Head: Prof. Desmond L Kharmawphlang
Contact: 272 3371
Prof. D. Kharmawphlang, Head
Department of Cultural & Creative Studies,
North-Eastern Hill University
Download: CBCS Syllabus
Since inception, North-Eastern Hill University has been concerned with the art and cultural needs of the State. Thus, the Centre for Creative Arts was set up in 1977, to provide incentive to promote art appreciation and art education in the field of visual arts and performing arts. The Centre for Literary and Cultural Studies was started in 1984 to promote cultural studies, with special emphasis on folklore in the North-Eastern Region. In 1997, the above two Centre were re-structured and amalgamated into one Centre called the Centre for Cultural and Creative Studies. The establishment of the Centre for Cultural and Creative Studies reflects the University’s commitment to the artistic and cultural aspirations of the people of this region and charged with this task, the Centre has, during all these years, been organizing various programmes such as art and music workshops, art camps, workshops on folklore research, series of seminars and conferences on art, music and folkloristics, regular art exhibitions, performances, artist in residence programmes, practicing school in fine arts, casual art and music classes, training courses in folkloristics and traditional folk music.
The Centre is also running regular P.G. Diploma Courses in visual arts (painting), music and folkloristics. Since inception, the Centre regularly received financial support for organizing above mention programmes from various important organization namely, Lalit Kala Akademi, New Delhi, Rashtriya Lalit Kala Kendra, Kolkata, Sahitya Akademi and Sangeet Natak Akademi, New Delhi, Indira Gandhi Rashtriya Manav Sangralaya, Bhopal, North East Zone Cultural Centre, Dimapur, East Zone Cultural Centre, Kolkata, Government of Meghalaya, North Eastern Council and University Grants Commission.
The Centre also received major Research Projects on Arts and Crafts of the Hill Areas of North East India funded by University Grants Commission and the Programme of Folklore Research and Archive funded by the Ford Foundation.
Drawing upon the expertise and experience of the individual teachers in it, the Centre for Cultural and Creative Studies has been exploring, enriching and disseminating creative thinking and processes through visual arts, performing arts and folklore studies. These efforts are always supported by multi-dimensional documentation such as drawings, photography, audio-visual format, monographic details and publications. Thus, we have, as part of our holdings, a considerable bulk of materials which are useful as knowledge conservation and dissemination modules. In addition, we have also developed a small museum and a music conservatory where an assortment of musical instruments are maintained. Successive batches of visual art students have produced substantial creative works like paintings, sculptures, terracotta, enamel paintings, graphic prints. The number of art workshops and art exhibitions that the centre has organized has also enriched the collection of the centre.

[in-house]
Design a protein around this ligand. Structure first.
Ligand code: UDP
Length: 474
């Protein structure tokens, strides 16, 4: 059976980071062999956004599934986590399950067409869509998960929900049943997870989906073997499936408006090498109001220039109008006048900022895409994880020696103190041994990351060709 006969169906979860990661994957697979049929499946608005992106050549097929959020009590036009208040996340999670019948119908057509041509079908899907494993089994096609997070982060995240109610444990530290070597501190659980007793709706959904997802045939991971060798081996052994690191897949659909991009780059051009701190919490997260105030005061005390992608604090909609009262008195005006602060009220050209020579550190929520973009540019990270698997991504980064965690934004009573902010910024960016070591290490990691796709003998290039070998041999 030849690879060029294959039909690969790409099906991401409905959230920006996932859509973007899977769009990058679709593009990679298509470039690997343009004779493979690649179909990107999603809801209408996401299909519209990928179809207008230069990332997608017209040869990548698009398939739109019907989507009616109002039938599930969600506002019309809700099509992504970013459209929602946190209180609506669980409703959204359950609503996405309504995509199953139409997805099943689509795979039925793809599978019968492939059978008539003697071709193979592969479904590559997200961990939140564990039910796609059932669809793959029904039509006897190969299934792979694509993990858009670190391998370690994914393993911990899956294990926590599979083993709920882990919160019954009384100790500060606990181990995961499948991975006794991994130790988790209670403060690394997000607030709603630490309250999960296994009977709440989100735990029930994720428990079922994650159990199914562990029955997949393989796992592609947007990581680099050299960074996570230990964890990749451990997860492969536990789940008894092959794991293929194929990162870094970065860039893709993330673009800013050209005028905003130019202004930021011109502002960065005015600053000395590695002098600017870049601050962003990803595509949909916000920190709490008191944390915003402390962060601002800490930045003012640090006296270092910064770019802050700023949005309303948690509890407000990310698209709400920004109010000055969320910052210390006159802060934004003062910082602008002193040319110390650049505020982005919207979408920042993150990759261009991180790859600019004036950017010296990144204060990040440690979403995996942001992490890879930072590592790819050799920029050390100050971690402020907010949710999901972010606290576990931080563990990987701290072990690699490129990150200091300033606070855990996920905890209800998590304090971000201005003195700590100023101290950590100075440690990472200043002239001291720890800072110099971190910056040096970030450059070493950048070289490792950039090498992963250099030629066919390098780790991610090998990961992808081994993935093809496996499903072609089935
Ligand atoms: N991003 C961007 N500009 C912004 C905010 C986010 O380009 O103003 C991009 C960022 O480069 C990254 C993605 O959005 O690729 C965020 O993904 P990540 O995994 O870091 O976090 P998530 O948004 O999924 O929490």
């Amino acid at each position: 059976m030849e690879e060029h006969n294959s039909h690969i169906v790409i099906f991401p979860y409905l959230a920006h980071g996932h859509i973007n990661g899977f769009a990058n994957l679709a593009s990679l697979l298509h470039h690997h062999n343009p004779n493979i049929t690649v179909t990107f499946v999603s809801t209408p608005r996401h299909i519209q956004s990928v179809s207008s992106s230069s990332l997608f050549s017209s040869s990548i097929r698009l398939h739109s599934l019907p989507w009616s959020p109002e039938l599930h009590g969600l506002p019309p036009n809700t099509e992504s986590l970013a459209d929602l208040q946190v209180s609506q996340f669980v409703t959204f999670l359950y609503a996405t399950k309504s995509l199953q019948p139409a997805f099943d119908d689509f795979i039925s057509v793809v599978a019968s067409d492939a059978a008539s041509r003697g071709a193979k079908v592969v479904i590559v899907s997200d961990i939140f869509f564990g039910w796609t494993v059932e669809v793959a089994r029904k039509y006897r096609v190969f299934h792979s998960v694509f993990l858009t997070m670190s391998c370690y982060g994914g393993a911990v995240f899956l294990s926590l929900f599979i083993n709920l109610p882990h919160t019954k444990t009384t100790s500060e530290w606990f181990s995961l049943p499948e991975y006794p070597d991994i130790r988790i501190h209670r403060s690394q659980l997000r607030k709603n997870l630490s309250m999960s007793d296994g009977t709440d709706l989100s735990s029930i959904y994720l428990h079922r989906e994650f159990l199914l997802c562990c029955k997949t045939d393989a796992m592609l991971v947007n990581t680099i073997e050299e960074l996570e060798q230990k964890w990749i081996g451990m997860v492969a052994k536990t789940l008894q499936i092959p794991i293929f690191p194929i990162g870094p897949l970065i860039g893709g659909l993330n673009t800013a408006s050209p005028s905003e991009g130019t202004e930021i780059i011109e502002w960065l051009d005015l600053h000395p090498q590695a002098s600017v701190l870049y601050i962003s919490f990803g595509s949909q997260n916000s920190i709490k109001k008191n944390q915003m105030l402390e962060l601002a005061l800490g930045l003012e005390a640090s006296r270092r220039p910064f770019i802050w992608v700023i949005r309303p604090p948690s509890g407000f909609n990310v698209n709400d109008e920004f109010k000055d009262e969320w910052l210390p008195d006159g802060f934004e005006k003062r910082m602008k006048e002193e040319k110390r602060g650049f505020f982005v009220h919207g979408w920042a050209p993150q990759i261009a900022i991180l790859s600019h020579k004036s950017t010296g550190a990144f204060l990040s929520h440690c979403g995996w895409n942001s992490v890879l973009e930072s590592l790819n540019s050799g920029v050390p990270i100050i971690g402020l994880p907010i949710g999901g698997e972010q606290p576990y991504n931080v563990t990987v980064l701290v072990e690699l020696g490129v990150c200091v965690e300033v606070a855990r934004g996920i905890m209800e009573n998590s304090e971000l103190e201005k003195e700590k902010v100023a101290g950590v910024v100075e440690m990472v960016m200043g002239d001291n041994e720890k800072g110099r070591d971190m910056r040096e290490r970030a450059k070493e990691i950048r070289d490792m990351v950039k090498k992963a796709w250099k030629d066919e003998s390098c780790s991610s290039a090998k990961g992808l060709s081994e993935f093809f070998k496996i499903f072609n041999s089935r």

It is our field experience that there are many traditional/folk art forms that are dying or becoming slowly obliterated. The few examples are the art of traditional terracotta pottery in the villages of Larnai and Tyrchiang, weaving in the Bhoi and Lyngngam areas, wood carving in Garo Hills, folk theatre in Jaintia Hills, musical instrument crafting in the entire state, to name a few. We have been working with master craftsmen and women/ folk artists who are still practicing their art in villages. We have also, as a matter of policy, made an attempt to consistently expose our students to these art forms and have, in consultation with the community-based craftsmen and women/folk artists, tried to explore newer technologies for the perpetuation of these forms so as to suit changing demands. While creating awareness of these unique forms and styles among the new generations, we would also like to engage the folk expertise for the creation of novel artistic idioms which could be exploited on a commercial basis for the exclusive benefits of these village artisans. This could be done through workshops/short term training programmes which would involve the village folk artists and performers as resource persons who will be encouraged to work with contemporary artists. Attempts will also be made to involve folk artists and performers from within and outside the state for a richer sharing experience. Our Centre also working for exchange of knowledge and skills between culture experts of different communities of India and the region through training programmes, workshops etc. We have also been engaged in the collection of tradition-derived texts such as chants, phawar, ritual systems, myths, legends, tales and assorted narratives which constitute a considerable portion of our holdings.
We have also been engaged in the collection of tradition-derived texts such as chants, phawar, ritual systems, myths, legends, tales and assorted narratives which constitute a considerable portion of our holdings. These oral discourses need to be scientifically studied using the methodologies of folkloristics and the same will be published in order to further the cause of the discipline and to bring about a holistic understanding of the complexities and uniqueness of the oral-derived discourses of the region.